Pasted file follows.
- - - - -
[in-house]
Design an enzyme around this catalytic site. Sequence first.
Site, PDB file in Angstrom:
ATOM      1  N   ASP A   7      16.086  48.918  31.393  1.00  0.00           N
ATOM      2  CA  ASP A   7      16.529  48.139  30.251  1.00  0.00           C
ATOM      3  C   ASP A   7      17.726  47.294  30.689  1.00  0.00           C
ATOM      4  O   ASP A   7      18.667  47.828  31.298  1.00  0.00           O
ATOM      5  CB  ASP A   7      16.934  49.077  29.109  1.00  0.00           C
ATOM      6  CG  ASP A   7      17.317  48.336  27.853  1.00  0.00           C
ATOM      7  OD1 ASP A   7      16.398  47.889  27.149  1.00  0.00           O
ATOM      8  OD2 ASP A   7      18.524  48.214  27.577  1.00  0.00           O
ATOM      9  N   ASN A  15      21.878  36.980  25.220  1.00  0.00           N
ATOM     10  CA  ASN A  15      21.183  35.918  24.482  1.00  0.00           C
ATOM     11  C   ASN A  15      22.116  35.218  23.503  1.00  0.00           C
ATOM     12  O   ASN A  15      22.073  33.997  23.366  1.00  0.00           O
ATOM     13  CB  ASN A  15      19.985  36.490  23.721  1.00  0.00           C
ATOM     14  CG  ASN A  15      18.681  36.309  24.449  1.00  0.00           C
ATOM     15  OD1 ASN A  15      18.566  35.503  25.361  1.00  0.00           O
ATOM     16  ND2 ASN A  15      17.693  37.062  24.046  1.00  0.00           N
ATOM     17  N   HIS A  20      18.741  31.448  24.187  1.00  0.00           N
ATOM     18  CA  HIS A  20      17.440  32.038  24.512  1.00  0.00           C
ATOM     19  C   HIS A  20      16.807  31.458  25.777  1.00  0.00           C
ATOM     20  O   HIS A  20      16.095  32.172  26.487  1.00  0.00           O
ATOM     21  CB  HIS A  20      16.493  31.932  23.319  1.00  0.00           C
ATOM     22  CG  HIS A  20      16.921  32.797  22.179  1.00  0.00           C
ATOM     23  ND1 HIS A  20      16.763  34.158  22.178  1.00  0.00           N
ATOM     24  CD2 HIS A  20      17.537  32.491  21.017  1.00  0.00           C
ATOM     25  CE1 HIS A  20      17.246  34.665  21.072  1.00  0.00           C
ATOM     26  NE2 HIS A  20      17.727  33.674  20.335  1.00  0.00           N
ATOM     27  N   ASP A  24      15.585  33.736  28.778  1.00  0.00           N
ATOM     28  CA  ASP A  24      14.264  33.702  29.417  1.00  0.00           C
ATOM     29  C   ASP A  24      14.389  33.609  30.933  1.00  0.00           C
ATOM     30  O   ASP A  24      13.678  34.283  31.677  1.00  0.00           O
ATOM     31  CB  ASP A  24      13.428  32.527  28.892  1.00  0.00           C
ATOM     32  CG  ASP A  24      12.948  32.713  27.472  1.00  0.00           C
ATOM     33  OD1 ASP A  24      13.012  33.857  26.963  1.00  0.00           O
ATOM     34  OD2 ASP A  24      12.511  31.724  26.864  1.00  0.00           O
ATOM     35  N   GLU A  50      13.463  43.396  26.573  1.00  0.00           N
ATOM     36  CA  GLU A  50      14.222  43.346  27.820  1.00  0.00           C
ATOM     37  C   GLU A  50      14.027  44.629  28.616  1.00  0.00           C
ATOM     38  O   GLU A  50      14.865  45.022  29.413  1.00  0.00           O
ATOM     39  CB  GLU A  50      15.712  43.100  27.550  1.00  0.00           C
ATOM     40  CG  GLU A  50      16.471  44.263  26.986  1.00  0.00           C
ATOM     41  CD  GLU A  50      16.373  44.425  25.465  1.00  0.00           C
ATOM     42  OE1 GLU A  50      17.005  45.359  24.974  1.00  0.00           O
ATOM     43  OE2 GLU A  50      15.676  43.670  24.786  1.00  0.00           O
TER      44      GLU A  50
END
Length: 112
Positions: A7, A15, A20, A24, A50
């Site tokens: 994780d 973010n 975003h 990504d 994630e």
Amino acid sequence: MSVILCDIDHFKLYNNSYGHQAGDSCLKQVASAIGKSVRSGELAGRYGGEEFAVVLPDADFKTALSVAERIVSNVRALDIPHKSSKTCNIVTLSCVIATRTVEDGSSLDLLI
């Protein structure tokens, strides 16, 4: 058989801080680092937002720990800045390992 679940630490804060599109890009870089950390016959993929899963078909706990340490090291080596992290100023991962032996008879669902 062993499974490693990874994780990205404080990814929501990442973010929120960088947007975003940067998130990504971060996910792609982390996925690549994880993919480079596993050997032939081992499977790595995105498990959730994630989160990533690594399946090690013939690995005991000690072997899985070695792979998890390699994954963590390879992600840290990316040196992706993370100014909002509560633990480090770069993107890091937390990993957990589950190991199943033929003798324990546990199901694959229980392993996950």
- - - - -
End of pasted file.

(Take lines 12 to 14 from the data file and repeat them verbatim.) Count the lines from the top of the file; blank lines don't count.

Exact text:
ATOM      9  N   ASN A  15      21.878  36.980  25.220  1.00  0.00           N
ATOM     10  CA  ASN A  15      21.183  35.918  24.482  1.00  0.00           C
ATOM     11  C   ASN A  15      22.116  35.218  23.503  1.00  0.00           C